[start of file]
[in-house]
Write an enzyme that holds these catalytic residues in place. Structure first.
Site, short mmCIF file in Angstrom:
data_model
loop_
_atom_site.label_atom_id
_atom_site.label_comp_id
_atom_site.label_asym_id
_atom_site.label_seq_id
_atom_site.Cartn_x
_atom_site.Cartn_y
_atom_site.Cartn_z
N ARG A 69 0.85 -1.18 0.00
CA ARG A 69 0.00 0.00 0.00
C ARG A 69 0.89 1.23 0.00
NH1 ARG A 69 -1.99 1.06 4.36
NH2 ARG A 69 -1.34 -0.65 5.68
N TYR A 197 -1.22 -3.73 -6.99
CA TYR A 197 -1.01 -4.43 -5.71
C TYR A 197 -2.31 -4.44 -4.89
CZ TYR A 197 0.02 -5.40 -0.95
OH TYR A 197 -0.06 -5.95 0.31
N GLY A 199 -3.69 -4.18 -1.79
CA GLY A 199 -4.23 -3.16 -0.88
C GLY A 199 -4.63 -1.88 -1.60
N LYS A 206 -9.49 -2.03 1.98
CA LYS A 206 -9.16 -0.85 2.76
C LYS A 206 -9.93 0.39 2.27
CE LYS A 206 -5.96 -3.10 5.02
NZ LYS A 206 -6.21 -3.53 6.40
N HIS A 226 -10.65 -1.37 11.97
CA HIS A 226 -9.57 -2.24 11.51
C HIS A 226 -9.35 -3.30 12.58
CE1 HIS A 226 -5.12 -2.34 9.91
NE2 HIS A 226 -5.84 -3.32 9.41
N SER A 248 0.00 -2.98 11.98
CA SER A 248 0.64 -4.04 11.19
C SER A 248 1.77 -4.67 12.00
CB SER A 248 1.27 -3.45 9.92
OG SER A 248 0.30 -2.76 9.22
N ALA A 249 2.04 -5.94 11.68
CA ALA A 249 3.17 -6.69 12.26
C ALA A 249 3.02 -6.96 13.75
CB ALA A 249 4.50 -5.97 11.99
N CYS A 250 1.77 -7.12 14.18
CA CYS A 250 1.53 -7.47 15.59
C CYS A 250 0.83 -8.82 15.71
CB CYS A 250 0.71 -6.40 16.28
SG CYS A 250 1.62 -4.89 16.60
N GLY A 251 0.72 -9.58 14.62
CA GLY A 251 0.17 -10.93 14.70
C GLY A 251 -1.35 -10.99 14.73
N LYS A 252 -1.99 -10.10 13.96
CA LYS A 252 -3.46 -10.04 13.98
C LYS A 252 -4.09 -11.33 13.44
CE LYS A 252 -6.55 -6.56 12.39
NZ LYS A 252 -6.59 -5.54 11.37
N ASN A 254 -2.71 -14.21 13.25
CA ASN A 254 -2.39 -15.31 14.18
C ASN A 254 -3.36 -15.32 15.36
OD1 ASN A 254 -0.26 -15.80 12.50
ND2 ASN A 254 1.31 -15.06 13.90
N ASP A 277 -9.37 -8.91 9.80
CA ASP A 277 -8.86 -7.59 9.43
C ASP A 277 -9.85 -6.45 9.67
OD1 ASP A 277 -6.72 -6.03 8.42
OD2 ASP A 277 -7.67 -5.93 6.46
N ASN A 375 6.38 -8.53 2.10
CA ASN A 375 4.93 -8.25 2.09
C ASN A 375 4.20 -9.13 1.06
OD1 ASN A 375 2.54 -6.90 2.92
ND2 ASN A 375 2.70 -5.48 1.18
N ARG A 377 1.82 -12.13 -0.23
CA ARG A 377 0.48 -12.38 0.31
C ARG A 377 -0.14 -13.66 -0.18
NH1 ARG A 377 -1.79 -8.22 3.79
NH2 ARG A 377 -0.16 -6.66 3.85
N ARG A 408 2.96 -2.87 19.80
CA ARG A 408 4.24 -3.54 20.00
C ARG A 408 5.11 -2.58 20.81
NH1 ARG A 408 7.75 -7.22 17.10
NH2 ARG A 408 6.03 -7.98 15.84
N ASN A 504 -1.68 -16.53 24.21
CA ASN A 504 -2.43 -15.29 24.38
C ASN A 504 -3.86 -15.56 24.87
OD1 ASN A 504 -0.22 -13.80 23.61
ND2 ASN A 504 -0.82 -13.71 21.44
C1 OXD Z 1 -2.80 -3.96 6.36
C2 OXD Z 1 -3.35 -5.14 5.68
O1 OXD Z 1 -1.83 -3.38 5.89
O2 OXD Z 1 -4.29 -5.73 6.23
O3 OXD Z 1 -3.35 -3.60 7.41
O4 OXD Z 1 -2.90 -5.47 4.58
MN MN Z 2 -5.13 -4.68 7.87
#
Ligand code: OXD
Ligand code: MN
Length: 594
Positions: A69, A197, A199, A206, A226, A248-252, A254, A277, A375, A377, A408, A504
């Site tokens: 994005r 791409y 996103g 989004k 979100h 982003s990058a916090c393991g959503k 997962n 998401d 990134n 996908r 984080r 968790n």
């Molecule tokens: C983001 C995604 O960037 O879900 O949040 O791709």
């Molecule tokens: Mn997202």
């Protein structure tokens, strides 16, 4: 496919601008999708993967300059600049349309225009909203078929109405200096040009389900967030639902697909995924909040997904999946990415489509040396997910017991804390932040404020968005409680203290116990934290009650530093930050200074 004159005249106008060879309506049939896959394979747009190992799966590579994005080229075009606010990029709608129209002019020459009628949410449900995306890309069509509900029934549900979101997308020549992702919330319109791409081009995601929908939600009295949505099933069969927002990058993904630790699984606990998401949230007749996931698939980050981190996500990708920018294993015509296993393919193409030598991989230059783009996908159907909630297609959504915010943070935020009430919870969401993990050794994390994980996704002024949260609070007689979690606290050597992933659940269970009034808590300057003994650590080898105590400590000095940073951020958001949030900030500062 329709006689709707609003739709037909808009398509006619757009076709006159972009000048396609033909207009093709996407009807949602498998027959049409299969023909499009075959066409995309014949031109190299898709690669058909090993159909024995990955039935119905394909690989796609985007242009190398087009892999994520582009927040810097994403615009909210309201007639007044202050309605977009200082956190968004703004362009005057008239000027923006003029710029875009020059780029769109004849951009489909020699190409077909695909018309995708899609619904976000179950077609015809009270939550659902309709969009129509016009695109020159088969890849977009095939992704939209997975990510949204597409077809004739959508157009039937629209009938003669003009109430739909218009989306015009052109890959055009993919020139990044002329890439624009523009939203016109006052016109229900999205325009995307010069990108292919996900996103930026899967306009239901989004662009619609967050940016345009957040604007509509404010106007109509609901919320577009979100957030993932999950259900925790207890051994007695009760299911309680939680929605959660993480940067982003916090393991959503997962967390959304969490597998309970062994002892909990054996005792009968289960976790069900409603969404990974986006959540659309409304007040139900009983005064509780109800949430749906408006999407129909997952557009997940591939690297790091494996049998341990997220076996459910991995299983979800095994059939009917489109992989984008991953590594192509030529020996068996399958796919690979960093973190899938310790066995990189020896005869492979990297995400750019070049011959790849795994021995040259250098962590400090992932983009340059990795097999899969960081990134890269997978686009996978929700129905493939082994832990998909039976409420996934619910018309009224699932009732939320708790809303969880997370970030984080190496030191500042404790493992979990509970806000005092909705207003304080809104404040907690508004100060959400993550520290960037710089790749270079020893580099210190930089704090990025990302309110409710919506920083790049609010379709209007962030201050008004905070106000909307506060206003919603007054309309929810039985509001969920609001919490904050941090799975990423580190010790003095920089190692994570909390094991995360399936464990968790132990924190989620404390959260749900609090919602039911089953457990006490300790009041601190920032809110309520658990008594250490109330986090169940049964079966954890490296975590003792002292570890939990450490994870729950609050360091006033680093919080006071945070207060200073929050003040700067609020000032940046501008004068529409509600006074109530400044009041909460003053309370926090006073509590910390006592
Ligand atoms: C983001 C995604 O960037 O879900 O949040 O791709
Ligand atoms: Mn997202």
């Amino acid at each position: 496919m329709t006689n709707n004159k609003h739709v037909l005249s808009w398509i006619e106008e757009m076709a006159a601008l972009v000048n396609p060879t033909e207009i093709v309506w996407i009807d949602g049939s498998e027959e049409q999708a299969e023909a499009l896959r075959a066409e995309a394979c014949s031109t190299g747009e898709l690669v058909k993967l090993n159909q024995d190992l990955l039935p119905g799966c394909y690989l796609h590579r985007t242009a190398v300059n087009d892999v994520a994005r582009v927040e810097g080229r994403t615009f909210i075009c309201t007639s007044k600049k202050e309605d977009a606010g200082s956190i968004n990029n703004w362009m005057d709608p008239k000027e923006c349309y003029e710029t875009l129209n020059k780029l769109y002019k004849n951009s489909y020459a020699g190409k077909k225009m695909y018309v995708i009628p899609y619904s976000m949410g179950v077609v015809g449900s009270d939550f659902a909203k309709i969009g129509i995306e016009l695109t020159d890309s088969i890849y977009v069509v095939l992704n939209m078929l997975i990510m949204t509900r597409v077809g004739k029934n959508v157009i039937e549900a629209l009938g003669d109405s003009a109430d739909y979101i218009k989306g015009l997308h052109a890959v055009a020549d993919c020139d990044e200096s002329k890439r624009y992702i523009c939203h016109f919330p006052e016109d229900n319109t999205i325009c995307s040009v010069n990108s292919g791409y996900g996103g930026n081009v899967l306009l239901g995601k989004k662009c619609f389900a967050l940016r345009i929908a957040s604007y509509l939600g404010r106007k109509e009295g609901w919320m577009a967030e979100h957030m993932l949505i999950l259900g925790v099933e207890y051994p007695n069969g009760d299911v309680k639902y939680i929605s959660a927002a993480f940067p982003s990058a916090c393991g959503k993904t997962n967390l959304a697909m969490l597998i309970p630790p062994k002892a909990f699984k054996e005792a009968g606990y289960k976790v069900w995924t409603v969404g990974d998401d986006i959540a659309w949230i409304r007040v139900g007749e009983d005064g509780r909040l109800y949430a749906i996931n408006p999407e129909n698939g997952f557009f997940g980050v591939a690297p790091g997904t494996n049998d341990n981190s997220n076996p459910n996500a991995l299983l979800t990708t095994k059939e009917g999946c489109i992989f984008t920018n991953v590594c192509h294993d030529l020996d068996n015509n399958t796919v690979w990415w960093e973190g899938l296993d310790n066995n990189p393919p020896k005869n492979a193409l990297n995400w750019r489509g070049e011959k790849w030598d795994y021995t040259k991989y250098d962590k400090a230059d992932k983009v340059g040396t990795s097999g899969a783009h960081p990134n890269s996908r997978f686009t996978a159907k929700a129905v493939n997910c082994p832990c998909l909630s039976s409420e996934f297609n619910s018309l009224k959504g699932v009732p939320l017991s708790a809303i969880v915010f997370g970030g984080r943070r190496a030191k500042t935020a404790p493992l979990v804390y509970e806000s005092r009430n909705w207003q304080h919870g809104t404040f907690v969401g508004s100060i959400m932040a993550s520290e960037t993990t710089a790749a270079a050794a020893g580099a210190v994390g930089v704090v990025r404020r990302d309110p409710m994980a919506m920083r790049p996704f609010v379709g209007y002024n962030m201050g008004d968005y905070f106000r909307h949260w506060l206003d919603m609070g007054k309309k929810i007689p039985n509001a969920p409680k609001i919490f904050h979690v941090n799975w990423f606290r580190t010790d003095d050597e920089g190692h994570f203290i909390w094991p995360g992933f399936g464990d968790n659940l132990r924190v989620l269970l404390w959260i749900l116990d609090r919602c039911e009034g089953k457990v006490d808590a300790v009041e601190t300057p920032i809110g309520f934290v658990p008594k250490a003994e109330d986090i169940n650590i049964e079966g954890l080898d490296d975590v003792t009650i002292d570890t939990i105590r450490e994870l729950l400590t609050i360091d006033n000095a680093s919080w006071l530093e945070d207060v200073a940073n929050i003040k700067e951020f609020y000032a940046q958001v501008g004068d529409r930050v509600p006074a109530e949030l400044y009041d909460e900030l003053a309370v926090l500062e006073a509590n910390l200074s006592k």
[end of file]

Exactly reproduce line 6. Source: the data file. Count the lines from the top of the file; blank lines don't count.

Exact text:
_atom_site.label_atom_id